The Trump administration hasn’t just fired up the anti-immigration rhetoric; it has changed the system of enforcement in myriad ways. Specific actions taken within U.S. Citizenship and Immigration Services (USCIS) — which processes visa and legal residency applications — and the government’s enforcement arm, Immigration and Customs Enforcement, or ICE, have drastically changed the landscape for undocumented and mixed-status immigrant families.
Among the changes:
Prosecutorial discretion is gone. Under the Obama administration, immigration authorities were instructed to target the “worst of the worst.” ICE focused on arresting unauthorized immigrants who had committed additional crimes. Immigrants who had committed no crime other than crossing the border without permission were not targeted. The Trump administration has ended this practice, and nearly all immigrants living in the United States without permission are at risk of removal.
No more “stays of removal.” According to attorneys around New Mexico, ICE is now routinely denying the reprieve that lets some immigrants applying for legal status remain in the country while USCIS decides the outcome of their application. At the same time, ICE’s decisions on “stays of removal” are not being communicated to attorneys until after the client has been deported, attorneys say. “The procedural stance on that is, ‘Assume that it’s going to be a no,’” said Imelda Maynard, immigration attorney with Catholic Charities of Southern New Mexico.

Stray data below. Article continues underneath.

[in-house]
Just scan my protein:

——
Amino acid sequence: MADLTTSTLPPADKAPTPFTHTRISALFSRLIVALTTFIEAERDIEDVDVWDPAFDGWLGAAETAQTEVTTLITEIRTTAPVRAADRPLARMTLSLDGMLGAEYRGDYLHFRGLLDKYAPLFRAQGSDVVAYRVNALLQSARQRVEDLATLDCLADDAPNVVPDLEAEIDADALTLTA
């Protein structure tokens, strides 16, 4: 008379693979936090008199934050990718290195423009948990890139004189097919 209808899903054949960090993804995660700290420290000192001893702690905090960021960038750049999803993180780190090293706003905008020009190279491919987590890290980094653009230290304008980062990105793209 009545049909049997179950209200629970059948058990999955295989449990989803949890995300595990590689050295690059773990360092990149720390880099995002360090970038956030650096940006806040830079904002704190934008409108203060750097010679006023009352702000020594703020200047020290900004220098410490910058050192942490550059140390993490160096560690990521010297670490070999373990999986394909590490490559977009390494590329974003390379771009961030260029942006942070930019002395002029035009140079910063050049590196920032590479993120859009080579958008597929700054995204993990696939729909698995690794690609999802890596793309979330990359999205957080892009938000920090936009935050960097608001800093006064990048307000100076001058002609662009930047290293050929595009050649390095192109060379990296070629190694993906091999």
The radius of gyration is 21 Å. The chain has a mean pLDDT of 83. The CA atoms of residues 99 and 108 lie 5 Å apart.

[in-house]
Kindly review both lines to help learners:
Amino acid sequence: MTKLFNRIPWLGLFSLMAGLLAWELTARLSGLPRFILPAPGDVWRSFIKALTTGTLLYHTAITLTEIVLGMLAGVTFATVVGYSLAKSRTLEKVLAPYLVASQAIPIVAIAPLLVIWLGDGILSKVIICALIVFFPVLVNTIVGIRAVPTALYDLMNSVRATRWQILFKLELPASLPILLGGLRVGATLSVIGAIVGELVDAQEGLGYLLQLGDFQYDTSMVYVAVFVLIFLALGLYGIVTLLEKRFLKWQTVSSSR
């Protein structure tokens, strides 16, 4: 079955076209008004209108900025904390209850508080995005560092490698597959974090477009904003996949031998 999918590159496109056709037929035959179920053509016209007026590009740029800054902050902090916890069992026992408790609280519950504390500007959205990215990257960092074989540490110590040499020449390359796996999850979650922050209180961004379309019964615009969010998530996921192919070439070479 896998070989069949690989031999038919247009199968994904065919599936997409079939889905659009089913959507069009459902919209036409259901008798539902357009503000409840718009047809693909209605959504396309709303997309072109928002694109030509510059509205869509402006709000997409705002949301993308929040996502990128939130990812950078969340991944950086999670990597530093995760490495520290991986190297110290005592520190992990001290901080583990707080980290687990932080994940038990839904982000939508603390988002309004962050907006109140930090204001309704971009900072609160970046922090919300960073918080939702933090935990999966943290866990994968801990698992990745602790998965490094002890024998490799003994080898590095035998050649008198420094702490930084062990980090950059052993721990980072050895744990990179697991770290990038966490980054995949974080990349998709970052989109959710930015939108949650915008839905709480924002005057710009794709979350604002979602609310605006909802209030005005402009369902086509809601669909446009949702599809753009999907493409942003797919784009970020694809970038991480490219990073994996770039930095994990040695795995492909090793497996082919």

Visa applicants are fair game for deportation. If USCIS is taking a long time to process a visa application and an immigrant is otherwise living in the country unlawfully, the applicant may be targeted for deportation. Previously, the government had a policy of allowing USCIS to make a decision on an application before taking action, said Olsi Vrapi, an Albuquerque immigration attorney. Now, ICE is removing people with visa applications pending.
New layers of red tape. Applications to USCIS are taking longer, attorneys say. For example, a victim of domestic violence could apply for a special visa and receive a work permit within four months. Now the permits are taking six to eight months, according to Elizabeth Zavala, an attorney with Catholic Charities. “We have had two clients losing their jobs because they didn’t receive their work permits in time.”
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Reporter Lauren Villagran can be reached at firstname.lastname@example.org.